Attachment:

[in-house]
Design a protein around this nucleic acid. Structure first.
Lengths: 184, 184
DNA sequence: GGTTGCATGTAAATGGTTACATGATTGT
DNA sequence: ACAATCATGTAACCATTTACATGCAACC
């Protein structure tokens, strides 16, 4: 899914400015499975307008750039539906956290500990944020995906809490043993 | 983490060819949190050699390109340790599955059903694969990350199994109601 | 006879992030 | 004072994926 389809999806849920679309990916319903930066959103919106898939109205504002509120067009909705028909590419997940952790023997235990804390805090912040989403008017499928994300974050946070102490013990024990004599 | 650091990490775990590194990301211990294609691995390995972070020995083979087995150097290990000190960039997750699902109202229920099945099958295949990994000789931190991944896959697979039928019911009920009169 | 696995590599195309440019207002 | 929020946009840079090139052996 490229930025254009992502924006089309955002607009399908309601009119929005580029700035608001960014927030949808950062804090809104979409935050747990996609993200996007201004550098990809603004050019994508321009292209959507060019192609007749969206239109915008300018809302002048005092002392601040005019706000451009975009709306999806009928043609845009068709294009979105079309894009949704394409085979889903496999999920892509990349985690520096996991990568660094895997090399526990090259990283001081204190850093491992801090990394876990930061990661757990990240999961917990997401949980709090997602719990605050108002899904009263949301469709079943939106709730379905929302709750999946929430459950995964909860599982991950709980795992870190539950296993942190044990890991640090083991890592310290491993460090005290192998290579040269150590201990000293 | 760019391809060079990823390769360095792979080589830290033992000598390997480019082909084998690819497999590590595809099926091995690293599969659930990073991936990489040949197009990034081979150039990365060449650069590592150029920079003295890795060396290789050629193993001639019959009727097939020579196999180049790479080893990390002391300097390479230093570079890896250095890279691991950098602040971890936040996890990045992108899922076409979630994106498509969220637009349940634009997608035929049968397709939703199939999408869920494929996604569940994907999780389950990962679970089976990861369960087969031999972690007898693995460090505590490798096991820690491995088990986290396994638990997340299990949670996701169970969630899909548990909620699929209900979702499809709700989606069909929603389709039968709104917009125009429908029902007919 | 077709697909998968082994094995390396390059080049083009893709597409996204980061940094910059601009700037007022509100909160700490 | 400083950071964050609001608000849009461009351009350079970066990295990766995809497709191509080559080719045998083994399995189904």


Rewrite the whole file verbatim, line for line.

[in-house]
Design a protein around this nucleic acid. Structure first.
Lengths: 184, 184
DNA sequence: GGTTGCATGTAAATGGTTACATGATTGT
DNA sequence: ACAATCATGTAACCATTTACATGCAACC
């Protein structure tokens, strides 16, 4: 899914400015499975307008750039539906956290500990944020995906809490043993 | 983490060819949190050699390109340790599955059903694969990350199994109601 | 006879992030 | 004072994926 389809999806849920679309990916319903930066959103919106898939109205504002509120067009909705028909590419997940952790023997235990804390805090912040989403008017499928994300974050946070102490013990024990004599 | 650091990490775990590194990301211990294609691995390995972070020995083979087995150097290990000190960039997750699902109202229920099945099958295949990994000789931190991944896959697979039928019911009920009169 | 696995590599195309440019207002 | 929020946009840079090139052996 490229930025254009992502924006089309955002607009399908309601009119929005580029700035608001960014927030949808950062804090809104979409935050747990996609993200996007201004550098990809603004050019994508321009292209959507060019192609007749969206239109915008300018809302002048005092002392601040005019706000451009975009709306999806009928043609845009068709294009979105079309894009949704394409085979889903496999999920892509990349985690520096996991990568660094895997090399526990090259990283001081204190850093491992801090990394876990930061990661757990990240999961917990997401949980709090997602719990605050108002899904009263949301469709079943939106709730379905929302709750999946929430459950995964909860599982991950709980795992870190539950296993942190044990890991640090083991890592310290491993460090005290192998290579040269150590201990000293 | 760019391809060079990823390769360095792979080589830290033992000598390997480019082909084998690819497999590590595809099926091995690293599969659930990073991936990489040949197009990034081979150039990365060449650069590592150029920079003295890795060396290789050629193993001639019959009727097939020579196999180049790479080893990390002391300097390479230093570079890896250095890279691991950098602040971890936040996890990045992108899922076409979630994106498509969220637009349940634009997608035929049968397709939703199939999408869920494929996604569940994907999780389950990962679970089976990861369960087969031999972690007898693995460090505590490798096991820690491995088990986290396994638990997340299990949670996701169970969630899909548990909620699929209900979702499809709700989606069909929603389709039968709104917009125009429908029902007919 | 077709697909998968082994094995390396390059080049083009893709597409996204980061940094910059601009700037007022509100909160700490 | 400083950071964050609001608000849009461009351009350079970066990295990766995809497709191509080559080719045998083994399995189904």